Japanese paper art takes on a new form

Ask a Japanese person what mizuhiki is, and you’ll get responses referring to the intricately twisted cord decoration found on traditional, celebratory gift-envelopes found in Japan.

That answer isn’t wrong, since the cords are the most commonly seen form of this unique style of art, but mizuhiki is certainly far more than that.

Mizuhiki is an old, traditional art form first introduced to Japan from Sui dynasty China during the Asuka era (550-710 A.D.), and is used for far more than making decorative cords for envelopes. The works of art made today using the historic method of tightly wound, starched, and colored rice paper are nothing short of gorgeous.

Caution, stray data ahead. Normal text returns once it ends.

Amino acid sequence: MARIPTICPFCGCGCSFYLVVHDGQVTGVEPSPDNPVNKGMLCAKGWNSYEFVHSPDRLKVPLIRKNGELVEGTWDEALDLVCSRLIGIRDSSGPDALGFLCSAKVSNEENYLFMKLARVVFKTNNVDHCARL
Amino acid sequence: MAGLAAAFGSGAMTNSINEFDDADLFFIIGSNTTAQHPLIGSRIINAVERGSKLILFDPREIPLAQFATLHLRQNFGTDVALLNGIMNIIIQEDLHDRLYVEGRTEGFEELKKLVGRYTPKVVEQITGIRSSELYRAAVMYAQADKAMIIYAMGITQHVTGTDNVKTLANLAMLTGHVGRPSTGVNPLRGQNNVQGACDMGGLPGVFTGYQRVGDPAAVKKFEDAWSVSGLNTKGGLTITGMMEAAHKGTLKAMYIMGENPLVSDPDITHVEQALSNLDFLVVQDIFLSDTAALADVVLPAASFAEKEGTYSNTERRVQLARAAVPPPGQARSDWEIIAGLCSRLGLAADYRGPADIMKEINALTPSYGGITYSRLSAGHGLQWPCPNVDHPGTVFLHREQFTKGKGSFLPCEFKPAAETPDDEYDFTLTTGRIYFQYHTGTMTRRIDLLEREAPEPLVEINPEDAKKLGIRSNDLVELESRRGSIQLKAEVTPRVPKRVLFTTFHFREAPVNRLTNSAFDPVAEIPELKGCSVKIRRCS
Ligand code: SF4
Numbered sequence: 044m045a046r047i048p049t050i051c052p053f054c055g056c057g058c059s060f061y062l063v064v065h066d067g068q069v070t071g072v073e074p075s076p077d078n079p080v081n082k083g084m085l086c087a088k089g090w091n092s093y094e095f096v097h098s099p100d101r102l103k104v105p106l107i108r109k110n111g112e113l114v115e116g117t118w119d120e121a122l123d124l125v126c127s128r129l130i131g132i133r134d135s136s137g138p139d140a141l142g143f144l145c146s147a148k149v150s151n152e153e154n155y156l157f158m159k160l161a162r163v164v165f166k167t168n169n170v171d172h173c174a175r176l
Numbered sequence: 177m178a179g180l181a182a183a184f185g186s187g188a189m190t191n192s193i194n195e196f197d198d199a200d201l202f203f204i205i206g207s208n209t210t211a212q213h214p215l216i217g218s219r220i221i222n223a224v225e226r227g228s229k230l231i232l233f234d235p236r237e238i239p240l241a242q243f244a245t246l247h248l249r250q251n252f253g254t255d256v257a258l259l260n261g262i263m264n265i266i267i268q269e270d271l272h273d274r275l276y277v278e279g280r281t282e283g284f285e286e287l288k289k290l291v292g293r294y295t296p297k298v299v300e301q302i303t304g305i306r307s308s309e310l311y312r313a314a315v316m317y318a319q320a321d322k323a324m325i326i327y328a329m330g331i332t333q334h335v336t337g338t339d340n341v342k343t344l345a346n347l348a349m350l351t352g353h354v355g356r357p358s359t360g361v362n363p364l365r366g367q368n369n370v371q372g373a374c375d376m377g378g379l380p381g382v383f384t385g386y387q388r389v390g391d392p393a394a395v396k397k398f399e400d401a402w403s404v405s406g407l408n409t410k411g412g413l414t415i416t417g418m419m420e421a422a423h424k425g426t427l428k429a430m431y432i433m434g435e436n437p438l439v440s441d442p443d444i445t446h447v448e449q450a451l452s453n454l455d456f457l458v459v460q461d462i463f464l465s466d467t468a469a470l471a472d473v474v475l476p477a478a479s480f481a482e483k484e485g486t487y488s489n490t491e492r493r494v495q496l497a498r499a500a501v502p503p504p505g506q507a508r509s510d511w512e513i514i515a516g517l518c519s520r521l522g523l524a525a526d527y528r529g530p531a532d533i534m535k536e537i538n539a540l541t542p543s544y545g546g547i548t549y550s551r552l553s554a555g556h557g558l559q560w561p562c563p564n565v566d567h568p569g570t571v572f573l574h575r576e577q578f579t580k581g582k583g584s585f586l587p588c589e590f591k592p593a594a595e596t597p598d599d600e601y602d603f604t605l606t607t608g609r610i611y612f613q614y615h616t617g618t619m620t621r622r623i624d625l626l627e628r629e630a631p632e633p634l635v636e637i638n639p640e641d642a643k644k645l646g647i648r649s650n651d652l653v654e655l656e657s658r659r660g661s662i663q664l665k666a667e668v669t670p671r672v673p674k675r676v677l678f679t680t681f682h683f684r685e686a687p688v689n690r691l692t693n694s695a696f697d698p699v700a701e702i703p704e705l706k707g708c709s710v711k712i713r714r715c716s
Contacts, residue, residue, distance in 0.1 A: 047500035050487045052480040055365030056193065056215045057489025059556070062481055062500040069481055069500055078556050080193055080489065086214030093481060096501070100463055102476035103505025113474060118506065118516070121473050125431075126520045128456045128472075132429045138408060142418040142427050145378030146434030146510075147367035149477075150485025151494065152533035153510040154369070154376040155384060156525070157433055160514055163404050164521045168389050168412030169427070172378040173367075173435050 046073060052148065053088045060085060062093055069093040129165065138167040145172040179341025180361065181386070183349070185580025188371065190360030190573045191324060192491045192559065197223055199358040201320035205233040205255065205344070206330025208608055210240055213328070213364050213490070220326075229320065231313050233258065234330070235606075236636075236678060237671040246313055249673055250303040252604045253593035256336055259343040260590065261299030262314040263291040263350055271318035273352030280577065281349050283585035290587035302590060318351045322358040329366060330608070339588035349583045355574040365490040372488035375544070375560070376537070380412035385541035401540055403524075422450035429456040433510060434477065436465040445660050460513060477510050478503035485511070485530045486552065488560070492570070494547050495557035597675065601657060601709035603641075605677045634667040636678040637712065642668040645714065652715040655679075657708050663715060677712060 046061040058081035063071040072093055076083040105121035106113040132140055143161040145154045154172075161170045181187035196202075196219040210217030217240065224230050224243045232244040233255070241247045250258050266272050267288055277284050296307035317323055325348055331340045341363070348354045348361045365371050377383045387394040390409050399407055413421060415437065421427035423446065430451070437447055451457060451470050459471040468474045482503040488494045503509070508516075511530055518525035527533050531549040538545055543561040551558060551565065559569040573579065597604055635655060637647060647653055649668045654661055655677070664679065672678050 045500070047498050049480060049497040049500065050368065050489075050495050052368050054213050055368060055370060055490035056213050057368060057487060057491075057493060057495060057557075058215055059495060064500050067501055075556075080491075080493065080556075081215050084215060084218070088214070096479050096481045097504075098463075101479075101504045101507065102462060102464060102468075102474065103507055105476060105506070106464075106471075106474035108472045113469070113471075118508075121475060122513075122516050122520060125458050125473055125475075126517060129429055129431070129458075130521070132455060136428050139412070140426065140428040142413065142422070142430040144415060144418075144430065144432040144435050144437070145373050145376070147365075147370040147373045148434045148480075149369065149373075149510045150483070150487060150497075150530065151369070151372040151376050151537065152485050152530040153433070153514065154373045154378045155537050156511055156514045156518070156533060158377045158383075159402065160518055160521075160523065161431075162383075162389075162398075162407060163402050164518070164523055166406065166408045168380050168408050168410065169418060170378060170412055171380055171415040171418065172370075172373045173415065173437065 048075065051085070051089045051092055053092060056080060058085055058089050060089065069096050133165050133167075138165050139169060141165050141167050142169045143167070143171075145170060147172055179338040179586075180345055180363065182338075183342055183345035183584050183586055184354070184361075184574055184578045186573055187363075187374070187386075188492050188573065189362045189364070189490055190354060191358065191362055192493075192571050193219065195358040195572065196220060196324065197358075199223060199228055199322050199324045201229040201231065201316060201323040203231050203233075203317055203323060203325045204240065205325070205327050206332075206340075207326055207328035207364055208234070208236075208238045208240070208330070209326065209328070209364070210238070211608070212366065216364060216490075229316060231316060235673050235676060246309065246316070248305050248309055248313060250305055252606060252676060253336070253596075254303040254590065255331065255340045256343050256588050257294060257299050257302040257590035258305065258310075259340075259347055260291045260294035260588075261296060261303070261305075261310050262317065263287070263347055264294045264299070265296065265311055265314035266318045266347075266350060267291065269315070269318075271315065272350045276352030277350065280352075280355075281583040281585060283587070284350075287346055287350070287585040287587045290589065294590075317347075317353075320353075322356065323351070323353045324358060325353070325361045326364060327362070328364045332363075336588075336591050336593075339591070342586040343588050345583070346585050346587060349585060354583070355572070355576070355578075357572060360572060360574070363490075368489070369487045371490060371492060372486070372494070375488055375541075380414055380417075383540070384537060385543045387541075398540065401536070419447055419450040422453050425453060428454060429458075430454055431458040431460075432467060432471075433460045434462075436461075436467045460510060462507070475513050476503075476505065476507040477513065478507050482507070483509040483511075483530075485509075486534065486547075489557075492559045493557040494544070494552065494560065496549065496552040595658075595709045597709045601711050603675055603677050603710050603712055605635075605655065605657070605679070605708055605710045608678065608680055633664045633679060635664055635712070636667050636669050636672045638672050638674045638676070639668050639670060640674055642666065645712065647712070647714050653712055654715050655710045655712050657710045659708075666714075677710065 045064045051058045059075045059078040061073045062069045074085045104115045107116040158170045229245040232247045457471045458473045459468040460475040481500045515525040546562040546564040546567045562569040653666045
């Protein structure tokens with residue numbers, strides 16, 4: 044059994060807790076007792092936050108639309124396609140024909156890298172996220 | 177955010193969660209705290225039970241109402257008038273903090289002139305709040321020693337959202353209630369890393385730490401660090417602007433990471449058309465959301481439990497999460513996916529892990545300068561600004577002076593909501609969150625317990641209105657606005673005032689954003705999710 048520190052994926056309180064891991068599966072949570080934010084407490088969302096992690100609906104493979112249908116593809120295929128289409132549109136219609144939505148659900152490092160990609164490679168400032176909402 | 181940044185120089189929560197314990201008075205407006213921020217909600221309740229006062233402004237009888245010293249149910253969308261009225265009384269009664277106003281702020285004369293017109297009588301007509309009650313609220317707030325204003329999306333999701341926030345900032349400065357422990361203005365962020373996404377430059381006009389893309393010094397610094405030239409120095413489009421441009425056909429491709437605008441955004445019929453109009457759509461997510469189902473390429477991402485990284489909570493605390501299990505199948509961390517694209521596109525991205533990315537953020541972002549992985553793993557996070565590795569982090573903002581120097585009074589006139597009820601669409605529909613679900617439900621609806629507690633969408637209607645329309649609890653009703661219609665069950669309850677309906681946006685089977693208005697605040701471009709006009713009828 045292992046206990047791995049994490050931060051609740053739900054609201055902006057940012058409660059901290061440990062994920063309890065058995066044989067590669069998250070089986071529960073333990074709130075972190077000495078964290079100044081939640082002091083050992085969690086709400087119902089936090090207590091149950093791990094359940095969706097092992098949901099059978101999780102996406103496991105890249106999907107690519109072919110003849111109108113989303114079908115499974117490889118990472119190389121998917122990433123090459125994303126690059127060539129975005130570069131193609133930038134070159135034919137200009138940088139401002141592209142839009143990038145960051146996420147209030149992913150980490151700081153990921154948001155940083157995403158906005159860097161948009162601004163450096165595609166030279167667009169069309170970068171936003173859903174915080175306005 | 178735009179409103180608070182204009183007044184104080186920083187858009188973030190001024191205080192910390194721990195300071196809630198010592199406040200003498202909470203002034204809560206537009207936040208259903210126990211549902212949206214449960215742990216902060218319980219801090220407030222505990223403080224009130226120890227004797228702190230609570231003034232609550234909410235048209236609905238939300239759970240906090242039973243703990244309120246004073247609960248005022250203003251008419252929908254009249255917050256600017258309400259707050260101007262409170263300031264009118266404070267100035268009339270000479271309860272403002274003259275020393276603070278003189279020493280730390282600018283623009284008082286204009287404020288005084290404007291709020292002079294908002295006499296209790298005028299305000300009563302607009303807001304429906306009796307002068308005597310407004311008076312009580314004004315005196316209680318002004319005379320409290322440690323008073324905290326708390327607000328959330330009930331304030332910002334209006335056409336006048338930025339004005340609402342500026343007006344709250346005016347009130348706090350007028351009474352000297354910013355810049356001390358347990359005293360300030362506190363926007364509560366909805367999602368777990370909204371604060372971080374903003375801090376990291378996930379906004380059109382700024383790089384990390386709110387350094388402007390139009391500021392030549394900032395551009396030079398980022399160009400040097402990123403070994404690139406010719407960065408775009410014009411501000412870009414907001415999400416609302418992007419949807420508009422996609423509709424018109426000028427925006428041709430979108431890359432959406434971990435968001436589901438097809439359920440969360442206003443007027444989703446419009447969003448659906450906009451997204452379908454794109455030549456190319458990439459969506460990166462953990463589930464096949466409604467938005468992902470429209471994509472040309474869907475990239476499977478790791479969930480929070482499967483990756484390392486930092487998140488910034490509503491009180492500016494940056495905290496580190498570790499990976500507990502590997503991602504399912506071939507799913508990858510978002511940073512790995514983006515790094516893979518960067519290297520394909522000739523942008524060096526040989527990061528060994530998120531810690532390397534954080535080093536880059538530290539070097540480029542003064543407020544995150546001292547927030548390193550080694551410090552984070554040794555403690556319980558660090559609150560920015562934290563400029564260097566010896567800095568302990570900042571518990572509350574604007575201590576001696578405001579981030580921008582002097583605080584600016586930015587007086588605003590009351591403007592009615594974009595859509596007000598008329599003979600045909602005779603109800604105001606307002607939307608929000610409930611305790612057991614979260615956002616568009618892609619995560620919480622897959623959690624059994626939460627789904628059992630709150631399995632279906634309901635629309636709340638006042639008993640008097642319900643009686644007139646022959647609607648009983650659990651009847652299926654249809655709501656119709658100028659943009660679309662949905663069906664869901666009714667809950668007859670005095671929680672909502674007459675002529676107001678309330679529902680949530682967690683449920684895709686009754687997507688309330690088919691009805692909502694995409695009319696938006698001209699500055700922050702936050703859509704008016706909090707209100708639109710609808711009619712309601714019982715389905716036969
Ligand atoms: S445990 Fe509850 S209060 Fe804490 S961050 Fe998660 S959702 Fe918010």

Hiromi Nagasawa, who was originally a graphic artist from Tokyo, is now making original mizuhiki for wedding and engagement gifts, and has her own store in Fukuoka Prefecture. Her works have rightly gained a lot of attention for their intricacy and sheer beauty.

While these pieces don’t quite hold the same importance in ceremonial gift-giving as they once did, they are still highly valued works of art.

By Meg Murphy for www.japantoday.com

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